UN / ILO LEAST DEVELOPED COUNTRIES

29-Apr-2022 00:02:12
Economic and social progress in Least Developed Countries (LDCs) have been slowed by the impact of the COVID-19 pandemic, climate change and the ongoing energy and food crises, according to an International Labour Organization (ILO) report. UNIFEED
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STORY: UN / ILO LEAST DEVELOPED COUNTRIES
TRT: 2:12
SOURCE: UNIFEED
RESTRICTIONS: NONE
LANGUAGES: ENGLISH / NATS

DATELINE: 29 APRIL 2022, NEW YORK CITY / FILE
SHOTLIST
RECENT - NEW YORK CITY

1. Exterior, United Nations Headquarters

29 APRIL 2022, NEW YORK CITY

2.Wide shot, briefing room
3. SOUNDBITE (English) Saulos Klaus Chilima, Vice President of Malawi and Chair of the LDC Group:
“The fact that the pandemic has caused a lot of setbacks in LDCs, particularly in the fight against poverty, competitiveness, access to public health as well as quality of education.”
4.Med shot, briefing room
5. SOUNDBITE (English) Saulos Klaus Chilima, Vice President of Malawi and Chair of the LDC Group:
“There is a sizable youth population which we must take as a very big asset in the LDCs. The world today belongs to the youth and the youth therefore must be capacitated and enabled to do what they must do.”
6.Med shot, briefing room
7. SOUNDBITE (English) Saulos Klaus Chilima, Vice President of Malawi and Chair of the LDC Group:
“Urgency is key. We don't have the luxury of time and we must act on the time is now.”
8. Close up, journalist asking question
9. SOUNDBITE (English) Guy Ryder, ILO Director-General:
“These are economies, firstly, where the vast majority of people working conditions of informality, 89 percent is the aggregate figure of people working in LDCs who work informally. The global figure is 61 percent. Any policy interventions have to take cognizance of this reality of all pervasive informality.”
10. Med shot, Guy Ryder holds copy of the report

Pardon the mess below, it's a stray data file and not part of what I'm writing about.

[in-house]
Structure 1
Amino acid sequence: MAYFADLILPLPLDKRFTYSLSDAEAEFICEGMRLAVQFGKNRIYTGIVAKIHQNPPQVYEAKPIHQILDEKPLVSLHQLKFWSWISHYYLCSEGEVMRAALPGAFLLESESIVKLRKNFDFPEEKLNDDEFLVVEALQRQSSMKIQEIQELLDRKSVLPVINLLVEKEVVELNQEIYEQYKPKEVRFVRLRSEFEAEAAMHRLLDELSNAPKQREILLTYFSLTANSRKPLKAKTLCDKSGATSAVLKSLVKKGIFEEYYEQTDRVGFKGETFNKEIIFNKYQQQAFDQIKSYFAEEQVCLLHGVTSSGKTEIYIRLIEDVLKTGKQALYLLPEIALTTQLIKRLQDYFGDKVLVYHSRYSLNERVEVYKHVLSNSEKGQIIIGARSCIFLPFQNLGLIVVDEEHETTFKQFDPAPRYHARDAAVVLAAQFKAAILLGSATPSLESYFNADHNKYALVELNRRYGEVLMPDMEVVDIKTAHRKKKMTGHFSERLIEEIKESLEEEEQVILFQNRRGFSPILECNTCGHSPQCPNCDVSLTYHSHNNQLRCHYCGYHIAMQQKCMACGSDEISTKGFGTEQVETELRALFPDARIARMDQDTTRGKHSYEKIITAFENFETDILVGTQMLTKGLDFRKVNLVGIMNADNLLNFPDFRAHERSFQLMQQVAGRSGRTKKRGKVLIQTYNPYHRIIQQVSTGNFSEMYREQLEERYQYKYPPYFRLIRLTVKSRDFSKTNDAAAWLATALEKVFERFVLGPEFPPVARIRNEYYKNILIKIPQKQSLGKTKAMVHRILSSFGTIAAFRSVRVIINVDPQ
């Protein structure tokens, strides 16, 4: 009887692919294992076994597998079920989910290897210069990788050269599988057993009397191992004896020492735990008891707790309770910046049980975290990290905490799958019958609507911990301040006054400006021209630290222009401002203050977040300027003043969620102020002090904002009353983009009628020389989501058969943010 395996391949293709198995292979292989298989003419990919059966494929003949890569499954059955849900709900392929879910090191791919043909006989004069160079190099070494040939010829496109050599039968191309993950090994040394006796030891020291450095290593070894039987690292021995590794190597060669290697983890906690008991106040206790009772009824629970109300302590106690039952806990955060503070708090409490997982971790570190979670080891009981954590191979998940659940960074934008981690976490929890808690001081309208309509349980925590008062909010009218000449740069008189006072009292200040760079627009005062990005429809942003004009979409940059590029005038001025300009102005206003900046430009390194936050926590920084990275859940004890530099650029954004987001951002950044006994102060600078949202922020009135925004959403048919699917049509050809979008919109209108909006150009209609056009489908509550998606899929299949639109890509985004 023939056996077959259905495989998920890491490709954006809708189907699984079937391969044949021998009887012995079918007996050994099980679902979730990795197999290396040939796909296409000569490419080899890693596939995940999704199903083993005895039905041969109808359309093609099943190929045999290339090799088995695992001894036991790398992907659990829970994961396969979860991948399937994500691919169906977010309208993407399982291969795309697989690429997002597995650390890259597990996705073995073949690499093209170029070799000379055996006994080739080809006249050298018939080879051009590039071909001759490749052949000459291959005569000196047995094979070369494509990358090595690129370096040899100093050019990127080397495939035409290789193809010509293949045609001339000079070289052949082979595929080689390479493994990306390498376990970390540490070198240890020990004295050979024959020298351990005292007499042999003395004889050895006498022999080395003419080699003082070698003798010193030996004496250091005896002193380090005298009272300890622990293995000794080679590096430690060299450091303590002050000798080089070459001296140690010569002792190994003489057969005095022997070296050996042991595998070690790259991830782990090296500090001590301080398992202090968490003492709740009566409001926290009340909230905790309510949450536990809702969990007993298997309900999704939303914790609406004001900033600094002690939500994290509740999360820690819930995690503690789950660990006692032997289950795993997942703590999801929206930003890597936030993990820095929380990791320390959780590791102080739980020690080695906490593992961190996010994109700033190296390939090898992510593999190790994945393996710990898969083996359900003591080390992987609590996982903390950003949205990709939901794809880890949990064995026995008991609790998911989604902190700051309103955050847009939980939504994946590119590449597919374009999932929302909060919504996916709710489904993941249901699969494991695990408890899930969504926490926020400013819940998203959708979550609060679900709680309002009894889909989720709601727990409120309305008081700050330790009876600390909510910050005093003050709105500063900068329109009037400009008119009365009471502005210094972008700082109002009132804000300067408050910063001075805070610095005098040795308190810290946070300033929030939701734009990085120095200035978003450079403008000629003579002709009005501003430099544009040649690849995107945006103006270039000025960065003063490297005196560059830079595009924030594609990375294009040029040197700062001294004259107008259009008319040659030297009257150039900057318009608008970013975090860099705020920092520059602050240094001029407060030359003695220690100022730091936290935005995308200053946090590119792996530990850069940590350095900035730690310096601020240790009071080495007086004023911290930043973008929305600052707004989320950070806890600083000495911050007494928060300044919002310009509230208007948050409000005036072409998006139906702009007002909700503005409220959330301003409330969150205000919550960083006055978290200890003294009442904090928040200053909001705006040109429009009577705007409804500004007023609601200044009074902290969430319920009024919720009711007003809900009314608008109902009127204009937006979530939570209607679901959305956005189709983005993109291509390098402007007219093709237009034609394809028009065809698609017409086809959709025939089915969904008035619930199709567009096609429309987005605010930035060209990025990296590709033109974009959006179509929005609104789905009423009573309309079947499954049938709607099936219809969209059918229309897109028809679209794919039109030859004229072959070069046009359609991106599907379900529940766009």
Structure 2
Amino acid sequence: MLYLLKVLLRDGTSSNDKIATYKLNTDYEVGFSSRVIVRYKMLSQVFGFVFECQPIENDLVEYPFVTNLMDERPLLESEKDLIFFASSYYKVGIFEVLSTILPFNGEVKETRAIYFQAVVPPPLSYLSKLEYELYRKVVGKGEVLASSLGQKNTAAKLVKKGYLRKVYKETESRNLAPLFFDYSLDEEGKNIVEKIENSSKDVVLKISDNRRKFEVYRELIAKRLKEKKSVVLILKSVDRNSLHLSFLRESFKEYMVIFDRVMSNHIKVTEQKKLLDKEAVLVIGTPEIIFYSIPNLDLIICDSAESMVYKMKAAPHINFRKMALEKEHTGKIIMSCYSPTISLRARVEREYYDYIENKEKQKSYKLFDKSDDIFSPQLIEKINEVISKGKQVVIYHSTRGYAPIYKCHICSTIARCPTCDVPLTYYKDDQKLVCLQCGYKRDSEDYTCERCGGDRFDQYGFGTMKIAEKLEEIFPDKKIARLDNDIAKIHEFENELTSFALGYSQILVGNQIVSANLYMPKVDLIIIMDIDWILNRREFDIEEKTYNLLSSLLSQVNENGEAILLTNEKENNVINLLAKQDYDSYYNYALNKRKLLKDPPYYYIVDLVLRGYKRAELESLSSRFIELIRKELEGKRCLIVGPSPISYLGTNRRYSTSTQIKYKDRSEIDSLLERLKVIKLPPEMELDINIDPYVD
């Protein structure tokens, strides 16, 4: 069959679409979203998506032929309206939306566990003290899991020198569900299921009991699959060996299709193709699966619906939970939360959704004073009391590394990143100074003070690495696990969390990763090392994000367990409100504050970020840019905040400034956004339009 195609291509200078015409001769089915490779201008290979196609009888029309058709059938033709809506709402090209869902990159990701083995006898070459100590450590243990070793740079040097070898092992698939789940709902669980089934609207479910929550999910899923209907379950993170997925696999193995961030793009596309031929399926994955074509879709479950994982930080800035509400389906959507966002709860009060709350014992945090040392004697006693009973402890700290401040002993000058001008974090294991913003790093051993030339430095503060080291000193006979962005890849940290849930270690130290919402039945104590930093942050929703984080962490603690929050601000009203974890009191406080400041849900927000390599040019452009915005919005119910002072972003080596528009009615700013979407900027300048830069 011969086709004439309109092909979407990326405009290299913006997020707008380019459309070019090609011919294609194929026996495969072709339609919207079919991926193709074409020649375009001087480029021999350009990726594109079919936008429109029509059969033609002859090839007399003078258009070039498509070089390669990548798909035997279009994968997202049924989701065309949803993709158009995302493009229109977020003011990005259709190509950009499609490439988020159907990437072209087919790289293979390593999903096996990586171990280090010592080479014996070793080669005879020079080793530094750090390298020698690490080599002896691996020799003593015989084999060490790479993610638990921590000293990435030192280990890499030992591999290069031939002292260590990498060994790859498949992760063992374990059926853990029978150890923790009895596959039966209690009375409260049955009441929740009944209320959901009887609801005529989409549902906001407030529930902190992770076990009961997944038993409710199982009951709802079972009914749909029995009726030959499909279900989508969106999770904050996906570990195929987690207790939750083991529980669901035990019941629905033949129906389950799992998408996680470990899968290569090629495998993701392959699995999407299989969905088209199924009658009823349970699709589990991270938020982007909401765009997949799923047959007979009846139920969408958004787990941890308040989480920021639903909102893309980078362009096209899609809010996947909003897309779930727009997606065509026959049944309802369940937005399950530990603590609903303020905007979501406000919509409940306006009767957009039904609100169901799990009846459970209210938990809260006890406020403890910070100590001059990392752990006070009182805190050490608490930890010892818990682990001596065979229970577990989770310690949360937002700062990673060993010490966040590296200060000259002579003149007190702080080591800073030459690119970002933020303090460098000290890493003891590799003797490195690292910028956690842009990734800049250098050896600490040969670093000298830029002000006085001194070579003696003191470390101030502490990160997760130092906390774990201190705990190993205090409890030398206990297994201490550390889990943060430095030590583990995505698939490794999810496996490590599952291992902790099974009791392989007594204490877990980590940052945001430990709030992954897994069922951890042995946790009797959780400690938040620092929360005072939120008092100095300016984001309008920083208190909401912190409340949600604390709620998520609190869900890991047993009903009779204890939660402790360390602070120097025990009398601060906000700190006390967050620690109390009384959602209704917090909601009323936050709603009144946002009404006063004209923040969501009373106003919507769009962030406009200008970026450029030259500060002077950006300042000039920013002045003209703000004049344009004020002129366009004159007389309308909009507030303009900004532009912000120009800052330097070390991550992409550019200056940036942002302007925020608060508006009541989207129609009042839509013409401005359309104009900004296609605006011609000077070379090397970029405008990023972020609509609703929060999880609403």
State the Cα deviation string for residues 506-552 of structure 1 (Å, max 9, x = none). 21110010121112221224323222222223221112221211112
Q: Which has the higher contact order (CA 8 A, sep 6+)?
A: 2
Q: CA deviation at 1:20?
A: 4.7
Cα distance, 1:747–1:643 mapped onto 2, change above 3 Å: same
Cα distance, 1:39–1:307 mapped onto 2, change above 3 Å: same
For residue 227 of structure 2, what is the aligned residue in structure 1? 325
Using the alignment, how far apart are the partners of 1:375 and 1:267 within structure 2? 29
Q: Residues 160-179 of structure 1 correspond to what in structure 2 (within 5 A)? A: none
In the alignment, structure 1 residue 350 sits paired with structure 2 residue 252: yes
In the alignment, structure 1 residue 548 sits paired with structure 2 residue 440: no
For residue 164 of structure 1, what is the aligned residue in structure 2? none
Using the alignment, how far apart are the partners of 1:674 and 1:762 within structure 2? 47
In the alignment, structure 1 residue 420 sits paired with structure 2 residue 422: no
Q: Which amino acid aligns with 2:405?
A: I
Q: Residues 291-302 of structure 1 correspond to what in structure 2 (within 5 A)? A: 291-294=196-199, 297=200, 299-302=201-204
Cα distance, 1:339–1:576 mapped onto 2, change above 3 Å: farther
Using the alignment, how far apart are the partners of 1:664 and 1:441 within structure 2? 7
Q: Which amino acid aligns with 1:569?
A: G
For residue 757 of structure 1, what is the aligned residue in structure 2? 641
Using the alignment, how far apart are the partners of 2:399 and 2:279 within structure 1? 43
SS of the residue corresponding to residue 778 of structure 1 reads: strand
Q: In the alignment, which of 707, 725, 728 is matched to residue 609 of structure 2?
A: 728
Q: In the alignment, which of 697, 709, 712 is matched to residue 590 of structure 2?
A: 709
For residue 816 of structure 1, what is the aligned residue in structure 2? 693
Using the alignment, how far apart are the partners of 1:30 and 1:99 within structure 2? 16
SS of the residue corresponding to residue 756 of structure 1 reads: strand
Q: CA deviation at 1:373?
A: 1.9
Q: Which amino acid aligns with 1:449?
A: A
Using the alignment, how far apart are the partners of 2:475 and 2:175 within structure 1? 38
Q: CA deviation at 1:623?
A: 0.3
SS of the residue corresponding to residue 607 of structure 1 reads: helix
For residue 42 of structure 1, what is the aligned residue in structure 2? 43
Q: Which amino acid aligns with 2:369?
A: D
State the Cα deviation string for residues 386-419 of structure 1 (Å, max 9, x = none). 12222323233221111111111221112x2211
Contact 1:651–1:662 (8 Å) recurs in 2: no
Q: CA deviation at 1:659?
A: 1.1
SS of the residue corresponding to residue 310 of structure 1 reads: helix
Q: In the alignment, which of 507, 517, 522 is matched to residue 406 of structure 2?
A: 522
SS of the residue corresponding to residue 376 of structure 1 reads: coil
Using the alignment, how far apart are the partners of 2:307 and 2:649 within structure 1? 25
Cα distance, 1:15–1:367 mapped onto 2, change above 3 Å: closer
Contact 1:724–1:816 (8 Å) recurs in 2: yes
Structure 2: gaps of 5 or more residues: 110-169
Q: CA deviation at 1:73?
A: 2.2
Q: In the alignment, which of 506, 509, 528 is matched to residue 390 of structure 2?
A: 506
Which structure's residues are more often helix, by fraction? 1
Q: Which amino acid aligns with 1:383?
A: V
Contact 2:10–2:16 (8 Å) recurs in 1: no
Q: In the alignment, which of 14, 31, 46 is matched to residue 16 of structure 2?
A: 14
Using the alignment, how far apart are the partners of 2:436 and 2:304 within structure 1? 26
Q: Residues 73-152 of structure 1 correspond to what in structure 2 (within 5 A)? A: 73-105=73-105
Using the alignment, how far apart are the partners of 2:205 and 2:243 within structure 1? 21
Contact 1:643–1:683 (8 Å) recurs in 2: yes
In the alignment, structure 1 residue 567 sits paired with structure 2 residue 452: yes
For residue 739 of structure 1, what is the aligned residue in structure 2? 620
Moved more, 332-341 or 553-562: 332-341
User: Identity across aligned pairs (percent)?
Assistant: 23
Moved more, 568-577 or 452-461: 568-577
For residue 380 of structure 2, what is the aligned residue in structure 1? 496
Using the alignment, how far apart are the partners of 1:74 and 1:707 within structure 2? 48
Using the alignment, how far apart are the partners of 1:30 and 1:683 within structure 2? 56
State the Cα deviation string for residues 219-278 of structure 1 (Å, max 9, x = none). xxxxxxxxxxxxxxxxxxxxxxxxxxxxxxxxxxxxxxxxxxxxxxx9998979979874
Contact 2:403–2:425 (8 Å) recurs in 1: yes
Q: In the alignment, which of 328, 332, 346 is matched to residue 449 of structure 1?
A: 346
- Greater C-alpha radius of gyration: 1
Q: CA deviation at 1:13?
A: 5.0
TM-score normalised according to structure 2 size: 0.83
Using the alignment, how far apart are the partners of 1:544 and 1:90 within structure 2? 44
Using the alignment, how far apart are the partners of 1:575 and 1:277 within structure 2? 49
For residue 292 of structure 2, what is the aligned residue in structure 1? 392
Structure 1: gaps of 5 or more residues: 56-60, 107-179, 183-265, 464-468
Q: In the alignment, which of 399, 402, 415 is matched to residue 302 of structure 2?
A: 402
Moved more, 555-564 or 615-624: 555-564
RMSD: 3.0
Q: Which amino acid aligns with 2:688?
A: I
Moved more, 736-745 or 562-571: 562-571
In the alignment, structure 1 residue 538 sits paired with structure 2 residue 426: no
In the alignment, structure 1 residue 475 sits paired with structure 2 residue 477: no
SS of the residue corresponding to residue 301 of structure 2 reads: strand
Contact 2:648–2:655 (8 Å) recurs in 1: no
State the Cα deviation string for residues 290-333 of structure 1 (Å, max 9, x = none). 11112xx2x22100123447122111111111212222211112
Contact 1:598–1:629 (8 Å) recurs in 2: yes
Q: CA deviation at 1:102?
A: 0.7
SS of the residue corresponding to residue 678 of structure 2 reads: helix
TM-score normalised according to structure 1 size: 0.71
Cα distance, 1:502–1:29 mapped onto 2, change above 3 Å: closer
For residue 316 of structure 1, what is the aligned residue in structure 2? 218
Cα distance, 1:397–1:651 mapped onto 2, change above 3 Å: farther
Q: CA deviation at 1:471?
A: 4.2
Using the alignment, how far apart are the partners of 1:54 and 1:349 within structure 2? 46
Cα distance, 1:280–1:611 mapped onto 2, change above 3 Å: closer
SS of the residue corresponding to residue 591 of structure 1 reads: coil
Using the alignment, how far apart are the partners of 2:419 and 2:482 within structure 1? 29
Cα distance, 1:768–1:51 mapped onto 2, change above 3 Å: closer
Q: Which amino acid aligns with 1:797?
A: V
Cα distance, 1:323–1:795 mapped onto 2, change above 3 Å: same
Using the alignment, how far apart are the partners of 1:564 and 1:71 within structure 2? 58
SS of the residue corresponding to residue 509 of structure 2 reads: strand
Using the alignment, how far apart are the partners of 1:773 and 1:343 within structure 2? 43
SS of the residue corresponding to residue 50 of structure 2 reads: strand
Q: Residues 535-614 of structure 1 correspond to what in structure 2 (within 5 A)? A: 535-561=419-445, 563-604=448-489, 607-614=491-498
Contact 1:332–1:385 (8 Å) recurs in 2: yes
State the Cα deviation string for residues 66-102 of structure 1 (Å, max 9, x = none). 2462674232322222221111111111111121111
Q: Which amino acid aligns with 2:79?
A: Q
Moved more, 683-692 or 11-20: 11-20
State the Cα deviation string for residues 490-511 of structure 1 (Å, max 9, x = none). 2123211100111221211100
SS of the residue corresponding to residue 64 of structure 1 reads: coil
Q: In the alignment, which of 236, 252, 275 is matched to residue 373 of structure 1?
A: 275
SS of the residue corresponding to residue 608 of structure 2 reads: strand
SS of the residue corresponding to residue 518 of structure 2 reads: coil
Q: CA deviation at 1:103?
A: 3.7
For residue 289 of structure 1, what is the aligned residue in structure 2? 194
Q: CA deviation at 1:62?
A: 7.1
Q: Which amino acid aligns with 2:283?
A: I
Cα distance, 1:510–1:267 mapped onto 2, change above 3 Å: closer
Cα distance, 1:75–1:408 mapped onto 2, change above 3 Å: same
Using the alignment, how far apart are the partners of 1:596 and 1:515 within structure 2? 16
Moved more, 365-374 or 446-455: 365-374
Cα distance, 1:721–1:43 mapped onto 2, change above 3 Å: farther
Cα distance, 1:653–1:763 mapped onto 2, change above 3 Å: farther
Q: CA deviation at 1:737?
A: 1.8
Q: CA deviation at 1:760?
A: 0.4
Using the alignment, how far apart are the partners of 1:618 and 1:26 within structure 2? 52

11. SOUNDBITE (English) Guy Ryder, ILO Director-General:
“Our figures show that only 14 percent of the population of LDCs have access to any one social benefit. And by comparison again, the corresponding figure for other developing countries is 45 percent. For developed countries were at 85 percent. There is a massive social protection deficit. This has been laid bare in the most dramatic and sometimes brutal way, by the COVID pandemic.”

12.Wide shot, briefing room

RECENT - NEW YORK CITY

1. Exterior, United Nations Headquarters
STORYLINE
Economic and social progress in Least Developed Countries (LDCs) have been slowed by the impact of the COVID-19 pandemic, climate change and the ongoing energy and food crises, according to an International Labour Organization (ILO) report.

The findings of the report were presented to journalists in New York on Friday (29 April) by the Vice President of Malawi and Chair of the LDC Group, Saulos Klaus Chilima, and ILO Director-General, Guy Ryder.

Chilima said “the pandemic has caused a lot of setbacks in LDCs, particularly in the fight against poverty, competitiveness, access to public health as well as quality of education.”

For the Malawi Vice President, there is a sizable youth population in the LDCs that countries “must take as a very big asset”.

“The world today belongs to the youth and the youth therefore must be capacitated and enabled to do what they must do,” Chilima said.

The Chair of the LDC Group added, “Urgency is key. We don't have the luxury of time and we must act on the time is now.”

Also addressing the journalists, Guy Ryder, the ILO Director-General, noted that 89 percent of people in these economies work informally and the global figure is 61 percent.

For Ryder, “any policy interventions have to take cognizance of this reality of all pervasive informality.”

The ILO chief also informed that only 14 percent of the population of LDCs have access to any one social benefit. For other developing countries, the figure is 45 percent and for developed countries, 85 percent.

Ryder said this shows that “there is a massive social protection deficit” and it had recently “been laid bare in the most dramatic and sometimes brutal way, by the COVID pandemic.”
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